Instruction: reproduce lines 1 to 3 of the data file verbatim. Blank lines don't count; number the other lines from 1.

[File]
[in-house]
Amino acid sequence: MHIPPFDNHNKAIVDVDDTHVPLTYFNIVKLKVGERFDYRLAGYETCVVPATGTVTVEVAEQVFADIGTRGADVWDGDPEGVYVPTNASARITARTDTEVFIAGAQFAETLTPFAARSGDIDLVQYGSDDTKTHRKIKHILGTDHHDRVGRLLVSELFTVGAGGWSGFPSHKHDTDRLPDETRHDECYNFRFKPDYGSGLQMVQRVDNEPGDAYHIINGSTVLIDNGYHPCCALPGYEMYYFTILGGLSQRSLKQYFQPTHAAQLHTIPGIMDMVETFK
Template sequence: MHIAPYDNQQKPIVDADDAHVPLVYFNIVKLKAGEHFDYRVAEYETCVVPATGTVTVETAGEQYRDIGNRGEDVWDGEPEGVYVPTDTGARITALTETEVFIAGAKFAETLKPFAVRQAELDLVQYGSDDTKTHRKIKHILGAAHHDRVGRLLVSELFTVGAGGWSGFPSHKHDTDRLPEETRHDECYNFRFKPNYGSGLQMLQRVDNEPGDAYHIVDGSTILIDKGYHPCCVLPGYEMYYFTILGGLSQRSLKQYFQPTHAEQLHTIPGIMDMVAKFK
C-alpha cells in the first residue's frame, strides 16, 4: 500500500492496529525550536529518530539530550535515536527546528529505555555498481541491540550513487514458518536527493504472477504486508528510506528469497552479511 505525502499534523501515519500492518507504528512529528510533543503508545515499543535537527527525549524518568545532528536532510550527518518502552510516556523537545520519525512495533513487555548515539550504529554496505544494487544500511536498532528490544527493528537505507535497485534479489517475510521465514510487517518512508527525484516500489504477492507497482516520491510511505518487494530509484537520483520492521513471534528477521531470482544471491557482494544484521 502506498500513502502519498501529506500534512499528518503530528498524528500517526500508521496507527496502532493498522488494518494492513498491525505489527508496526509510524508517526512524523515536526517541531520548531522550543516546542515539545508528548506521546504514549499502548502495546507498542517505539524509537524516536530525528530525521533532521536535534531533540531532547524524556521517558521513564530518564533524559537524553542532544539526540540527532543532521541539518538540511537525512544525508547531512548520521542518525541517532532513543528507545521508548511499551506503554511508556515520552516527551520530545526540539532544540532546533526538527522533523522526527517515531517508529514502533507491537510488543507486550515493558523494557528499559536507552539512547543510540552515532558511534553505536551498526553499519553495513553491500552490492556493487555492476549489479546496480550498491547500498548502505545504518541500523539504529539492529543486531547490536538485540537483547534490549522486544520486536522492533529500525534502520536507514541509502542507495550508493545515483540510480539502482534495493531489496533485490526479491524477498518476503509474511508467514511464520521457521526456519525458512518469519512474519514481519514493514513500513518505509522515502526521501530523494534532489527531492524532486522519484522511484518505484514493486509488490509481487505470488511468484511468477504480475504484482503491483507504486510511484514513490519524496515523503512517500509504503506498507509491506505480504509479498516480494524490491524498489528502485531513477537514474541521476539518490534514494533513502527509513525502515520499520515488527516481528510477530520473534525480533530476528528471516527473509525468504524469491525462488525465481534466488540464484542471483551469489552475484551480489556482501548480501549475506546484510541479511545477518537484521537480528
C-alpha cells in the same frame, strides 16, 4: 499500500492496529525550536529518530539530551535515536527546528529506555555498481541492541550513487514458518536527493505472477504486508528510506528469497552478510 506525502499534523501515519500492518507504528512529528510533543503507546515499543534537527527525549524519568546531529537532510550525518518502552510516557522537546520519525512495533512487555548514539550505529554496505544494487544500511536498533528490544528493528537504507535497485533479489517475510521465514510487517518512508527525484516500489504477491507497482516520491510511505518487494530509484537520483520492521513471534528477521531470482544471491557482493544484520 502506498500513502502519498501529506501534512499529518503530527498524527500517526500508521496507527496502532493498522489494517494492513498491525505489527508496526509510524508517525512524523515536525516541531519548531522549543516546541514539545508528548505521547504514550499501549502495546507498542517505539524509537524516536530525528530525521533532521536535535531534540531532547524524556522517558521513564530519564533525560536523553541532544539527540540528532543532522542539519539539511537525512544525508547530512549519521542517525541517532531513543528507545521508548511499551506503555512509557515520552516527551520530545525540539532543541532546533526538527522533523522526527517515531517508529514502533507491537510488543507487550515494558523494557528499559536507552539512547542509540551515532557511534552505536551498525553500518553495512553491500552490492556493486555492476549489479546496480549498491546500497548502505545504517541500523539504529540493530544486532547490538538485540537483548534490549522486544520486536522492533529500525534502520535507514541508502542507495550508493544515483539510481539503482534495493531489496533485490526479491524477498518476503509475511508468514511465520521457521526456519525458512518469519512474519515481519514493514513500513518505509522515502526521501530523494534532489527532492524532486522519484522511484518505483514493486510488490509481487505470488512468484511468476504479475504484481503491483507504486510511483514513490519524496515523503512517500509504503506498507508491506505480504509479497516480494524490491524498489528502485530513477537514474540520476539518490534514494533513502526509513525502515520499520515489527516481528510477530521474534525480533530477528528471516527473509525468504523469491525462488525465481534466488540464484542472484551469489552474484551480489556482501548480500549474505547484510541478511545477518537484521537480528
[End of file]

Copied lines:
[in-house]
Amino acid sequence: MHIPPFDNHNKAIVDVDDTHVPLTYFNIVKLKVGERFDYRLAGYETCVVPATGTVTVEVAEQVFADIGTRGADVWDGDPEGVYVPTNASARITARTDTEVFIAGAQFAETLTPFAARSGDIDLVQYGSDDTKTHRKIKHILGTDHHDRVGRLLVSELFTVGAGGWSGFPSHKHDTDRLPDETRHDECYNFRFKPDYGSGLQMVQRVDNEPGDAYHIINGSTVLIDNGYHPCCALPGYEMYYFTILGGLSQRSLKQYFQPTHAAQLHTIPGIMDMVETFK
Template sequence: MHIAPYDNQQKPIVDADDAHVPLVYFNIVKLKAGEHFDYRVAEYETCVVPATGTVTVETAGEQYRDIGNRGEDVWDGEPEGVYVPTDTGARITALTETEVFIAGAKFAETLKPFAVRQAELDLVQYGSDDTKTHRKIKHILGAAHHDRVGRLLVSELFTVGAGGWSGFPSHKHDTDRLPEETRHDECYNFRFKPNYGSGLQMLQRVDNEPGDAYHIVDGSTILIDKGYHPCCVLPGYEMYYFTILGGLSQRSLKQYFQPTHAEQLHTIPGIMDMVAKFK